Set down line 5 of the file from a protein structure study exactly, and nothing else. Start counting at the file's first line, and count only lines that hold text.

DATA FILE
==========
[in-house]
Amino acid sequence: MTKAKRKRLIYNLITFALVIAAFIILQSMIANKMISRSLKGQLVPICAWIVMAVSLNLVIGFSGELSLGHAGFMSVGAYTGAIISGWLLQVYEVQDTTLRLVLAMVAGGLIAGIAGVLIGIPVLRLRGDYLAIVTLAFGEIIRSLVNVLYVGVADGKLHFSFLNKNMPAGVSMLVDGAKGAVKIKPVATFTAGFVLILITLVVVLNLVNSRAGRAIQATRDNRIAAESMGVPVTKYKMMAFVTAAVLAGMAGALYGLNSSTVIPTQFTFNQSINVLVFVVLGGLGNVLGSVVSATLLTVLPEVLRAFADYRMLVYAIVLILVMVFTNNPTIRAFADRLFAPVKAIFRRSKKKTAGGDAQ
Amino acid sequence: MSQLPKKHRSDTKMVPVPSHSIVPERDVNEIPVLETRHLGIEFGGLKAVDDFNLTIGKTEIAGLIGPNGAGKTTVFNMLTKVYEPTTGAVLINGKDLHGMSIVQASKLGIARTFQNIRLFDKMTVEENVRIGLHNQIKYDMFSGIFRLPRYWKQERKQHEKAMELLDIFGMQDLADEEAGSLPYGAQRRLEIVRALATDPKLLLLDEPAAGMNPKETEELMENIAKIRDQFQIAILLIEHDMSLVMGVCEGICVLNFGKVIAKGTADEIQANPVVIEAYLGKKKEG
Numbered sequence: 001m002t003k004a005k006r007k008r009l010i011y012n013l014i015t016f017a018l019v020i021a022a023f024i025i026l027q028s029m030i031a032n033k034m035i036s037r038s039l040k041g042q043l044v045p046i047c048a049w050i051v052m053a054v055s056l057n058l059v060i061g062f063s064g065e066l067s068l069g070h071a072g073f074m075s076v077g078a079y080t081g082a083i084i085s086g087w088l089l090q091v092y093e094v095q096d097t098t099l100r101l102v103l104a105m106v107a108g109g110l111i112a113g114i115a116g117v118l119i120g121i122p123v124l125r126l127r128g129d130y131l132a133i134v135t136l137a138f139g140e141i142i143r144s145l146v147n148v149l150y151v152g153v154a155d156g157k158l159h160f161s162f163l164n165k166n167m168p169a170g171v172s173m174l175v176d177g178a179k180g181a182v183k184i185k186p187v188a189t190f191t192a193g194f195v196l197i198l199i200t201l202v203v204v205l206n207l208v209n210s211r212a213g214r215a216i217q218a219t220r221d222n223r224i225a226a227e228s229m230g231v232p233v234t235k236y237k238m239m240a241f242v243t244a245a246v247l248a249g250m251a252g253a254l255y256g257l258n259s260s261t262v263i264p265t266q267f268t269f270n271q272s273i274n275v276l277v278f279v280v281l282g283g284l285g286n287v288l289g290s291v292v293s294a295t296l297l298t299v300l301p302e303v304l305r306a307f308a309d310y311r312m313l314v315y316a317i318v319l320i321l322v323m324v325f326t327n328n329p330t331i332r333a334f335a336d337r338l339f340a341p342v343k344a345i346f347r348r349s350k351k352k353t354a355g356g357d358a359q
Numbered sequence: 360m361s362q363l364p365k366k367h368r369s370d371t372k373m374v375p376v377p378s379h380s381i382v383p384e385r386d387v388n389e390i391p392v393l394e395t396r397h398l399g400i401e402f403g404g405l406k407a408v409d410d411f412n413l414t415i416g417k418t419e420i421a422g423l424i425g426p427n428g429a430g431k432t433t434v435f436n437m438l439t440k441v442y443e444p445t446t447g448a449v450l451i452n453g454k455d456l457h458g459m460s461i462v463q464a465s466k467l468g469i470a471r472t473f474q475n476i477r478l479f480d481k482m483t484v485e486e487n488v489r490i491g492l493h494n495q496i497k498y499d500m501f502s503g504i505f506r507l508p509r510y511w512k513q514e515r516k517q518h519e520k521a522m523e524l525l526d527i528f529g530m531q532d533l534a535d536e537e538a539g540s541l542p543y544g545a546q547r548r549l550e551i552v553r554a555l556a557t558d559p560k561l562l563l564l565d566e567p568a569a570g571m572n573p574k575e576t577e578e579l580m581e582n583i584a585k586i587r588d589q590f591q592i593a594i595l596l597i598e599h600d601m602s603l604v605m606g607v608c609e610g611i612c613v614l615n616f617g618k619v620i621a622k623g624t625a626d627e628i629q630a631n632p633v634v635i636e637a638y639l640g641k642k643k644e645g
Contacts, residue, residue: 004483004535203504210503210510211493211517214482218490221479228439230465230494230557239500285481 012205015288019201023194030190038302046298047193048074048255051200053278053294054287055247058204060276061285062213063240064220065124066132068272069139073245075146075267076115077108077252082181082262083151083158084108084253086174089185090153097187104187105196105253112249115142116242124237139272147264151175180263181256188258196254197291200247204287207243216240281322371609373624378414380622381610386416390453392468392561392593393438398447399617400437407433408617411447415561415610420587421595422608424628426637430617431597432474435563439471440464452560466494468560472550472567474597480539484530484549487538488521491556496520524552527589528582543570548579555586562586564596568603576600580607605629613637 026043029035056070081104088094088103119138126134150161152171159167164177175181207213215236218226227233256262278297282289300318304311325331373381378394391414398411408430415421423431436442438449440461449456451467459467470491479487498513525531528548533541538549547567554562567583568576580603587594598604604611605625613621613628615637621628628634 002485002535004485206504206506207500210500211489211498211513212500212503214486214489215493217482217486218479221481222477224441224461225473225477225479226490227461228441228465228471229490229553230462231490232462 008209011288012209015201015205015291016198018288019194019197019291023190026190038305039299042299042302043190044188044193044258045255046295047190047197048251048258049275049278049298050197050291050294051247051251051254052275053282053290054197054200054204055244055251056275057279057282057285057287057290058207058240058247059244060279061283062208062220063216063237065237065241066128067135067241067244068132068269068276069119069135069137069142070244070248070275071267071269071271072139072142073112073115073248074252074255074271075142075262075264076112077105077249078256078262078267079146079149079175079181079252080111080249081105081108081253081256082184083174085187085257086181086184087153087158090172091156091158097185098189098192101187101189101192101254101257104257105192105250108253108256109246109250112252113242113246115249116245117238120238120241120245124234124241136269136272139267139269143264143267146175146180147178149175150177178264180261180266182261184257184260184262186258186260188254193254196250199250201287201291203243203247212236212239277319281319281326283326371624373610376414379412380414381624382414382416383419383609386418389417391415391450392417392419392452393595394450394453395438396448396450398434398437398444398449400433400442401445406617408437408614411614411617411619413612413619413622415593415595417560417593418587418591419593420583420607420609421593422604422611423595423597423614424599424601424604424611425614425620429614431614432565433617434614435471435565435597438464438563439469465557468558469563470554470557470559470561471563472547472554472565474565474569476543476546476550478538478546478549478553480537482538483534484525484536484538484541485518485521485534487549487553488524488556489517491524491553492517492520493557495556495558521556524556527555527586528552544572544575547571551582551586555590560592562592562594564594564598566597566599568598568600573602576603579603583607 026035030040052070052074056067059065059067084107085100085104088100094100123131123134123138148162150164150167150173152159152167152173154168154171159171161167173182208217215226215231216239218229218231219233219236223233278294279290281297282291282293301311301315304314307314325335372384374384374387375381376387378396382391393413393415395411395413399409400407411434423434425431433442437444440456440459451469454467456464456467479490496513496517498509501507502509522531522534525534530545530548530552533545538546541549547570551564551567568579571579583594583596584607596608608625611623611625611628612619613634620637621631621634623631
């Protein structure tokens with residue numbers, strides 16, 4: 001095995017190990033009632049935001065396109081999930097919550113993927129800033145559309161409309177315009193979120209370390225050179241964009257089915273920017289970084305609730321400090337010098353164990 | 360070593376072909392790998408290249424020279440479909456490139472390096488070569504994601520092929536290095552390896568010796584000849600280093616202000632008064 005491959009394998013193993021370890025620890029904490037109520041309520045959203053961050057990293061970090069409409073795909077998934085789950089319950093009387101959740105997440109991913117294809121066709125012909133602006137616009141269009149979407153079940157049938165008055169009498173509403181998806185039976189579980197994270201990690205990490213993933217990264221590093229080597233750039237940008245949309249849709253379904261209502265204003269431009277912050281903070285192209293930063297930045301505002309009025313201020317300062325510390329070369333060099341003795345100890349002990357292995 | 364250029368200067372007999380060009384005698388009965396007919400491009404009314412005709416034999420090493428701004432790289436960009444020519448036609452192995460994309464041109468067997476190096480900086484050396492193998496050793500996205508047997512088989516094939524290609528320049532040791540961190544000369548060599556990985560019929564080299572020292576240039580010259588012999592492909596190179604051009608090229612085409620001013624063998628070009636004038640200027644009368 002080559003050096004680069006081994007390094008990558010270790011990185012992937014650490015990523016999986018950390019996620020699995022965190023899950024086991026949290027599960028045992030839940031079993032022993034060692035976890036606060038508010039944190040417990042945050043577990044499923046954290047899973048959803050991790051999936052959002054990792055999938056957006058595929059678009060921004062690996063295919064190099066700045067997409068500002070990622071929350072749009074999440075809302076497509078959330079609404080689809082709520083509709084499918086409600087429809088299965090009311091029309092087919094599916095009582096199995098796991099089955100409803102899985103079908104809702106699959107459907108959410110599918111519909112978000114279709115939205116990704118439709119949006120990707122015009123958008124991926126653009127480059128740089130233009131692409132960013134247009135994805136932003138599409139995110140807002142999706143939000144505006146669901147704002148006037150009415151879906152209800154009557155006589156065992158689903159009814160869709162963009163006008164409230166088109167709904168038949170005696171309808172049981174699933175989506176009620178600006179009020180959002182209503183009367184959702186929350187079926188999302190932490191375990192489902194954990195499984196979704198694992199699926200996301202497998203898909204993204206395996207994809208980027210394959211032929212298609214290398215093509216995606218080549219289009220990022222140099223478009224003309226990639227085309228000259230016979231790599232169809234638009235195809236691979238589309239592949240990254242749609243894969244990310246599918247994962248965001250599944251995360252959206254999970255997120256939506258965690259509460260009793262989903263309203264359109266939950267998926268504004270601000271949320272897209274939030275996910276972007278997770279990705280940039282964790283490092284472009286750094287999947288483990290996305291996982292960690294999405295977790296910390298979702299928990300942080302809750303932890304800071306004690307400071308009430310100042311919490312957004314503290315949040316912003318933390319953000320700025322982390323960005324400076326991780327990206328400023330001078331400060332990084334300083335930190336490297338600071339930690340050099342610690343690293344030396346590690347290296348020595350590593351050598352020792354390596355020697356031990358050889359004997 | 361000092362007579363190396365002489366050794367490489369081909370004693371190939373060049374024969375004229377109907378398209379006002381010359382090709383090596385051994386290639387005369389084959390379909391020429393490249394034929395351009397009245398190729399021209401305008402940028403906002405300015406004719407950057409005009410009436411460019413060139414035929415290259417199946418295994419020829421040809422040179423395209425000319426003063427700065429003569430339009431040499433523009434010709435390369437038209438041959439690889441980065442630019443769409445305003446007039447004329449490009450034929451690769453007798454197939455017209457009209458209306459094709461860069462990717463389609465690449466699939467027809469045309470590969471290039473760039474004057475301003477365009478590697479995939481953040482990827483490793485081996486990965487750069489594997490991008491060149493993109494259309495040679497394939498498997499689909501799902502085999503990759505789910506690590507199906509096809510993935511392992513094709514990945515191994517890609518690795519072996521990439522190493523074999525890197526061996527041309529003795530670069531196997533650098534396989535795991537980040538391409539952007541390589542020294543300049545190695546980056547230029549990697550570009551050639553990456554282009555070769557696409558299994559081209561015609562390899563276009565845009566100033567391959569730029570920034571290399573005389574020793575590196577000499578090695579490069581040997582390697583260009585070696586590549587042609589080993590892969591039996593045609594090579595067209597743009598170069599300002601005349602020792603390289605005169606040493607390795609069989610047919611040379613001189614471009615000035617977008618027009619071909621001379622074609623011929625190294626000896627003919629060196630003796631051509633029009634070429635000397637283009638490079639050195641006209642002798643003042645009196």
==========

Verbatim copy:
Numbered sequence: 360m361s362q363l364p365k366k367h368r369s370d371t372k373m374v375p376v377p378s379h380s381i382v383p384e385r386d387v388n389e390i391p392v393l394e395t396r397h398l399g400i401e402f403g404g405l406k407a408v409d410d411f412n413l414t415i416g417k418t419e420i421a422g423l424i425g426p427n428g429a430g431k432t433t434v435f436n437m438l439t440k441v442y443e444p445t446t447g448a449v450l451i452n453g454k455d456l457h458g459m460s461i462v463q464a465s466k467l468g469i470a471r472t473f474q475n476i477r478l479f480d481k482m483t484v485e486e487n488v489r490i491g492l493h494n495q496i497k498y499d500m501f502s503g504i505f506r507l508p509r510y511w512k513q514e515r516k517q518h519e520k521a522m523e524l525l526d527i528f529g530m531q532d533l534a535d536e537e538a539g540s541l542p543y544g545a546q547r548r549l550e551i552v553r554a555l556a557t558d559p560k561l562l563l564l565d566e567p568a569a570g571m572n573p574k575e576t577e578e579l580m581e582n583i584a585k586i587r588d589q590f591q592i593a594i595l596l597i598e599h600d601m602s603l604v605m606g607v608c609e610g611i612c613v614l615n616f617g618k619v620i621a622k623g624t625a626d627e628i629q630a631n632p633v634v635i636e637a638y639l640g641k642k643k644e645g